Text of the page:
While the effects of the statewide budget cuts have been felt by the California community, the Cal State University is about to admit 30,000 more students for the winter and spring 2011 terms throughout the 23 Cal State University campuses.
“The mission of the CSU is to educate California’s students and despite the uncertainty surrounding the budget, we need to provide services as best as we can,” said CSU Chancellor Charles B. Reed.”We remain optimistic that the legislature is committed to higher education and that the final budget will restore the necessary funding to the CSU. The restoration of funding is vital to allow us to serve these students.”
In 2009 Cal State Fullerton was ranked amongst seven other CSUâ€™s as suffering the worst from lack of funding and resources.
â€œWe are doing the best we can to provide classes and sustain a good learning experience for all students, despite the suffering budget,â€ said Erik Fallis, media relations specialist for the CSU.
The CSU Public Affairs office was quoted alongside Chancellor Reed saying â€œThe CSU has seen massive cuts in state support over the last two years and was forced to address the reduction in funding through the use of employee furloughs and workforce reductions, enrollment cuts and increased student fees.â€ Subsequently, spring enrollment was put to an abrupt halt, and because of that there was a â€œa record number of applications and unprecedented demand for admission for fall 2010.â€
Fallis said that with the increase in students comes a little monetary relief. â€œWe received a one-time stimulus of federal funds equaling $106 million that will go towards faculty payroll. Then we can use the CSU dollars to support new enrollment and adding spaces to classes as well as open up new classes for students.â€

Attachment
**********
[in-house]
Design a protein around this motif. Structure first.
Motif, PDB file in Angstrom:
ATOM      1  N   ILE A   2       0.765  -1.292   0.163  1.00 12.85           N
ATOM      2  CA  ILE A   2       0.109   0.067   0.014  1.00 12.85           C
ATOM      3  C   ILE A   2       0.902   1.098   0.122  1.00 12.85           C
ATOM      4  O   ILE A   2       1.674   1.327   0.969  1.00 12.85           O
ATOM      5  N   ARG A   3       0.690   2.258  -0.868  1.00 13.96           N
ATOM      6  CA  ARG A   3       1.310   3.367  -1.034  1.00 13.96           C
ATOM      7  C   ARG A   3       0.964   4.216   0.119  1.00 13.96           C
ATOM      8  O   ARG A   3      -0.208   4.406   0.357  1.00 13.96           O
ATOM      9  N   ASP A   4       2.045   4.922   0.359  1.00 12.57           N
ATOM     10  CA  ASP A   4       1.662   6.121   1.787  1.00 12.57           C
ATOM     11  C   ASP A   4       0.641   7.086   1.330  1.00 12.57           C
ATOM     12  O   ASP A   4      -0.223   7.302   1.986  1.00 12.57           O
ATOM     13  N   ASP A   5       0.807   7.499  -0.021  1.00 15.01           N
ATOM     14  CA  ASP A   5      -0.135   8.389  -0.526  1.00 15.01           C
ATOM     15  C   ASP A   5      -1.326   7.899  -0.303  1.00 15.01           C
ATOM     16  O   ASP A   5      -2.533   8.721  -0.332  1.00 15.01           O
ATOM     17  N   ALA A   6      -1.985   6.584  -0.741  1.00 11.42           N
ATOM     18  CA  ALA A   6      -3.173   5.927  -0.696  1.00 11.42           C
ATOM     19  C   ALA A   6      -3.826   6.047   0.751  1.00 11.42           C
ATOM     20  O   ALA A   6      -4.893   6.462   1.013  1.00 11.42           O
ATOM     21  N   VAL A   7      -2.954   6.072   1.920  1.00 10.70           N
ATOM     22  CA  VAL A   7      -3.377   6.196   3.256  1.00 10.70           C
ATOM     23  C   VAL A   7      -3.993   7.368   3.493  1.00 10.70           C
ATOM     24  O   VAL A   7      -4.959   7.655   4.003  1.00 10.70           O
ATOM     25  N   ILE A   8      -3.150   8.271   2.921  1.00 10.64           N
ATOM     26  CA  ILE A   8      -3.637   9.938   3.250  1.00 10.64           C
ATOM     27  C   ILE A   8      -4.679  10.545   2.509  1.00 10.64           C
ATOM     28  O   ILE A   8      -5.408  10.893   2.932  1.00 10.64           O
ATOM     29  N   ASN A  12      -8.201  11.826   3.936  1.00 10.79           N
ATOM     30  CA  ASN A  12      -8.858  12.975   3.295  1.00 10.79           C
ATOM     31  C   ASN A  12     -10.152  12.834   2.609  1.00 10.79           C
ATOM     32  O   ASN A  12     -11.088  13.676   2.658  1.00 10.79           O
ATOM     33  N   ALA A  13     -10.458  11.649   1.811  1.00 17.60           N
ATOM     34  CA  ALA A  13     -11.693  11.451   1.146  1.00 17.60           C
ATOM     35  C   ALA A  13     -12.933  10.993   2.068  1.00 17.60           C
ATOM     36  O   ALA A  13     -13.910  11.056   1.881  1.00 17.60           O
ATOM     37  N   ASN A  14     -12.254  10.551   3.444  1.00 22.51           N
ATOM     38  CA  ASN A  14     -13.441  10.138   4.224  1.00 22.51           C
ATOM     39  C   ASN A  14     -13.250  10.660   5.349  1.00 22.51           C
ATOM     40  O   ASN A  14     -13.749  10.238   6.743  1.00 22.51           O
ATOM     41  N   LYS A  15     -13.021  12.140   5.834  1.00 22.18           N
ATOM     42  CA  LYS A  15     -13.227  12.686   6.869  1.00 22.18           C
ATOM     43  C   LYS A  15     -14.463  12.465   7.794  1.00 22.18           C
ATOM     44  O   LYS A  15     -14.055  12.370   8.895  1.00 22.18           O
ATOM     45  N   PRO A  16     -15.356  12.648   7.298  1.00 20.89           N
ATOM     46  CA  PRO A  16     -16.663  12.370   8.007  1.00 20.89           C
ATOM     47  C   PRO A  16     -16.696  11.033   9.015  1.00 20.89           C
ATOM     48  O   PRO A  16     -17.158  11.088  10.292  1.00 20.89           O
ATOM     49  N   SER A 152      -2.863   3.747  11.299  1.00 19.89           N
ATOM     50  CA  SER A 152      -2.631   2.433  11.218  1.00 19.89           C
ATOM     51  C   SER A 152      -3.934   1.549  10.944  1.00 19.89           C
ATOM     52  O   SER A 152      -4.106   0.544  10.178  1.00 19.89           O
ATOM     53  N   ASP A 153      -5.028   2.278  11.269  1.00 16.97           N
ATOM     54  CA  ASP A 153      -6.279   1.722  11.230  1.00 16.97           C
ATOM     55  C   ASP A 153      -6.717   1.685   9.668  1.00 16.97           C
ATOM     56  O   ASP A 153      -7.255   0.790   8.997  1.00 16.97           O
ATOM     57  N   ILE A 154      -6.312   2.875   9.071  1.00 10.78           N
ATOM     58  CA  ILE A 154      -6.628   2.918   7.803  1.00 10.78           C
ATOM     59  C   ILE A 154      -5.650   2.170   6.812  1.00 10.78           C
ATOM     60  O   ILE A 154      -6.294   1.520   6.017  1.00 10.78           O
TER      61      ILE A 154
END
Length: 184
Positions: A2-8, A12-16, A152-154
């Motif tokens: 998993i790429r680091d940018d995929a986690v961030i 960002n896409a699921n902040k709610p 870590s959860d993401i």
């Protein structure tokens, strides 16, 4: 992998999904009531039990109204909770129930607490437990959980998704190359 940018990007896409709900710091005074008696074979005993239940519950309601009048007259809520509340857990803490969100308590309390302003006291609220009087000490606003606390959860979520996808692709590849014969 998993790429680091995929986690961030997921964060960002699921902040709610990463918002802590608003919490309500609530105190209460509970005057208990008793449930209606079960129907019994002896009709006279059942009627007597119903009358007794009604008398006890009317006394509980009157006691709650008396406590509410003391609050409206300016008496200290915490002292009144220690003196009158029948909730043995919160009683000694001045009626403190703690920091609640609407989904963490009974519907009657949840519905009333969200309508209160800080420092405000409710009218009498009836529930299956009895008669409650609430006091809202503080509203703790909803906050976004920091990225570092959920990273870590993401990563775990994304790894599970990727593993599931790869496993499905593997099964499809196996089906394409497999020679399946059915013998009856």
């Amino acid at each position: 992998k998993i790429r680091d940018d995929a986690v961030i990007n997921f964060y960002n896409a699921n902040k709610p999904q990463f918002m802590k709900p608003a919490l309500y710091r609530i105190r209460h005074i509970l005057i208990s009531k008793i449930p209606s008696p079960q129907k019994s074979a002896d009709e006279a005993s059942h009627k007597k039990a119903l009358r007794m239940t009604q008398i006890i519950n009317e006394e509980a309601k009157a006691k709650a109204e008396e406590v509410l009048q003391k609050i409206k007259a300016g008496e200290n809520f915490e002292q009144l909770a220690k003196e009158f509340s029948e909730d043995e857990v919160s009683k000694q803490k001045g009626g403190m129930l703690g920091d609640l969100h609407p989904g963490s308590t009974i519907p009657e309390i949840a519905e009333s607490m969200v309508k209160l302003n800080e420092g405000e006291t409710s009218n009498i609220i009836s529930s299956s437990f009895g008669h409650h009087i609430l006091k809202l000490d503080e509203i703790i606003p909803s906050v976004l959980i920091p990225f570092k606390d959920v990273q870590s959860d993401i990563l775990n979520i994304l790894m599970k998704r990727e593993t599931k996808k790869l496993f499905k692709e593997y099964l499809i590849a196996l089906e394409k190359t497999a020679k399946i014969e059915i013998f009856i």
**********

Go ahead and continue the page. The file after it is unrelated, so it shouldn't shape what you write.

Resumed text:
Gov. Arnold Schwarzenegger proposed $306 million of state support and an additional $60.6 million to go towards enrollment funding.
How do you think this increase in students will affect our already large school?
â€œI think it is going to be hard for students who are trying to graduate next semester. It is already hard enough to get classes,â€ said Dora Armenta, a 20-year-old sociology student.
â€œI think we are screwed pretty much. There are already a lot of students here, with more students being added there will be less space to accomplish anything,â€ said Anna Coria, a 22-year-old biology student.
â€œObviously it is going to create more of a problem in regards to the budget cuts,â€ said Shelley Villalobos, 22, senior sociology senior. â€œIt is ridiculous. We should focus on the problems we have occurring locally on our campus first.â€
In Dec. 2009, CSUF was ranked in the top 7 as some of the CSUâ€™s suffering the worst from the cuts. Adding a couple more thousand students to this campus, what do you think?
â€œI am stuck taking just GE classes as a junior. I donâ€™t like the idea of adding more and more students. But I am happy for the incoming students to receive a better higher education,â€ said Shu-yu Lin, an exchange student from Taiwan.
â€œA horrible idea. It is self-destructive to the system. It makes you question whether or not our education is even the goal now. Is it just about trying to make a profit?â€ Armenta said.
What kind of stress does this put on the faculty and staff that are already having to deal with lack of resources, large amounts of students and pay-cuts?
â€œI think it puts a lot of stress on the teachers. They cannot possibly handle much more stress here at work, I am sure the stress carries over majorly into different aspects of their life,â€ Coria said.
â€œThere are two ways to look at it, whether the professors will care even more about their students or they wonâ€™t give a shit, quit and decrease the attention they give their students,â€ Villalobos said.